Monday, December 8, 2014

What do survivors want, and how to find out

A few weeks have passed since my last post. It’s been a busy couple of weeks implementing the final stages of the needs assessment of the Holocaust survivor community. Since I last wrote, the first mailing of the survey reached a 56% response rate that is beyond our wildest dreams. With the success of the first mailing, I moved on to expand how many survivors we mailed the survey to. We had to compile lists from various programs, and then I had to build those into a mail merge so that I could actually send the surveys. The second set of mailings consisted of almost 200 more survivors that we had not yet heard from.  By doubling the amount of survivors we reach, I am hoping to not only reach a majority of our current clients, but also to get a full picture of the needs of the community. I am still getting quite a few surveys back every day, and the new combined response rate is  42% which is still high considering the fact I double the amount of people mailed.

In addition to the surveys and previous town halls, I built and deployed a survey for our Geriatric Care Managers (GCMs) to see if they had any feedback on services they thought their survivor clients could use. By being able to survey this group of people that have a different perspective on the needs of survivors I’m hoping to both corroborate the direct survey results, and see if there are needs that survivors either don’t think of, or are reluctant to admit.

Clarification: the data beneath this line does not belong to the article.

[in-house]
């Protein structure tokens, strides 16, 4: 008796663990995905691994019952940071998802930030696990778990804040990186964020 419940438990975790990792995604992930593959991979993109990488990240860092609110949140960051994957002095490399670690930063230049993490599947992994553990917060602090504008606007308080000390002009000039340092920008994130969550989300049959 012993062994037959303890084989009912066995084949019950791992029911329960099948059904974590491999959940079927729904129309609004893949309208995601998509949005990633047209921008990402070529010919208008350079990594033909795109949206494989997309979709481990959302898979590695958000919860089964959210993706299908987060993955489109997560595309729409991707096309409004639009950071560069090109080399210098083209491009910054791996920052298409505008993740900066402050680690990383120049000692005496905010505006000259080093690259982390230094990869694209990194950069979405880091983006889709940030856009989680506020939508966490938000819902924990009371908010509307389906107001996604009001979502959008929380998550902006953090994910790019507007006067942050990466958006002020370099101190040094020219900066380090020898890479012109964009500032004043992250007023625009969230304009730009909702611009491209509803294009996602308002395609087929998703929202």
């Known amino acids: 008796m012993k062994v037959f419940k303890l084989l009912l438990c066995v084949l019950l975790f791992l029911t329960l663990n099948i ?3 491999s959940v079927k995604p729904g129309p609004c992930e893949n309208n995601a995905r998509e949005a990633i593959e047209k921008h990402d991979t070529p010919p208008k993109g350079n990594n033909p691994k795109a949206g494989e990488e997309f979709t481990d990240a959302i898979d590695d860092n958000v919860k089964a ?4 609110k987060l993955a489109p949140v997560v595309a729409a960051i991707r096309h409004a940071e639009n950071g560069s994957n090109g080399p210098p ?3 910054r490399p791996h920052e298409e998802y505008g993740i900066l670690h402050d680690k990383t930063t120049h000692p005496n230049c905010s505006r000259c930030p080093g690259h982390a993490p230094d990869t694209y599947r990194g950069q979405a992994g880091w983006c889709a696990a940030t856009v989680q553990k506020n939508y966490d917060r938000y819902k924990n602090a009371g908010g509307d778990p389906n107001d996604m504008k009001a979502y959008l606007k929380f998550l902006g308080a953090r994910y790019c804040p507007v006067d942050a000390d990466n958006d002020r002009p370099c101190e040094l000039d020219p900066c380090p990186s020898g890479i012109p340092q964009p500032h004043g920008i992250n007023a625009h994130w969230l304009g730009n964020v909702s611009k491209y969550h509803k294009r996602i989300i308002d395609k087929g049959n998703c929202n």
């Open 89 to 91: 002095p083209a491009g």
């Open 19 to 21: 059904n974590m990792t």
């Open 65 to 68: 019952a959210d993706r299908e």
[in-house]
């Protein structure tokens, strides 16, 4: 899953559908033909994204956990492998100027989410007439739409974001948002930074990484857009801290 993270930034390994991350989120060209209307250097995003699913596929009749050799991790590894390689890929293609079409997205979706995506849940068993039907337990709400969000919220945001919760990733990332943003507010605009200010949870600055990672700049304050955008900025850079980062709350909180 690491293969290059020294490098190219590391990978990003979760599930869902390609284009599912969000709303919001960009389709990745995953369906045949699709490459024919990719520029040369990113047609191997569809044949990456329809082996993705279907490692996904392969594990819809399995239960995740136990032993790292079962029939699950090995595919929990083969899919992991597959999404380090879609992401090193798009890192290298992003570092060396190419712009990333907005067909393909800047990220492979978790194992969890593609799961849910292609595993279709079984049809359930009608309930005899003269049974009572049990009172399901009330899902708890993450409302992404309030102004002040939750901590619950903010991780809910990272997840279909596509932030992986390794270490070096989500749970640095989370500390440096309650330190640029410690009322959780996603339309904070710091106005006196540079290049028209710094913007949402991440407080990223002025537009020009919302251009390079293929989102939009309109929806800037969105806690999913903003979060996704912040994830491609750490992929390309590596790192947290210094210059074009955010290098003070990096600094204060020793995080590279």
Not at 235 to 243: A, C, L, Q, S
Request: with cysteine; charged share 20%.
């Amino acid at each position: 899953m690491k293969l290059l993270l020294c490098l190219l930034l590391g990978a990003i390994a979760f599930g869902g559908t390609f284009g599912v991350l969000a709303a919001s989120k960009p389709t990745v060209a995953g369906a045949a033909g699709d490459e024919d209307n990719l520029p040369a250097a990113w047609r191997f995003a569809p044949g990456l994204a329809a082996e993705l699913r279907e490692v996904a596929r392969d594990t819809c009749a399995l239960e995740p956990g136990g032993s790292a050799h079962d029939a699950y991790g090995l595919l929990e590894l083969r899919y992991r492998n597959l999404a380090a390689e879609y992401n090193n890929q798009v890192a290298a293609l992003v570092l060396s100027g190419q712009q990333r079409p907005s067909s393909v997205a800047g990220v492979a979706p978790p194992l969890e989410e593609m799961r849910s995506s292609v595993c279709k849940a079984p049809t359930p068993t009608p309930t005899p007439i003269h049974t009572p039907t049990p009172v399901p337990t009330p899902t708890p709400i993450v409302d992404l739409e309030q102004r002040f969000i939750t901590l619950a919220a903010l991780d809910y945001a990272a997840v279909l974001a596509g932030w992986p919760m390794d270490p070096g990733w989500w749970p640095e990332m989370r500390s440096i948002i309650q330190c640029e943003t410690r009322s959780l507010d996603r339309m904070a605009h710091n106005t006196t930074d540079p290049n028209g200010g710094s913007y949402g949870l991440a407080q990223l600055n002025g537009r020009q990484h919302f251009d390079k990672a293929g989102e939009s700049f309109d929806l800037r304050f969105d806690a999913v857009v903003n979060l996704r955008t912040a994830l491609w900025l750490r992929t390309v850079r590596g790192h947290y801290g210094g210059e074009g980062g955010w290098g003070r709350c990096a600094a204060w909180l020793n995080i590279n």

The final phase of the needs assessment will come with the town hall meetings I am working on planning for the children and grandchildren of survivors. My hope is that they too can corroborate, or possibly provide additional feedback as to the needs of the survivor community. Once I have finished collecting the data I will build an official report and begin acting to improve the services provided to the community.

Meanwhile, while I wait for surveys to come in and work on the plans for future town hall meetings, I have been researching issue related to building volunteer based programs, while also taking a course through AmeriCorps in Resource Development. The course has been very helpful overall because it has allowed me to learn not only about the ethical standards required for fundraising and best practices involved, but how to write letters asking for donations, as well as how to apply for grants from larger institutions. Hopefully this information will come in handy when I am at the stage of developing new programs at JFS and need to find financial support for these initiatives.

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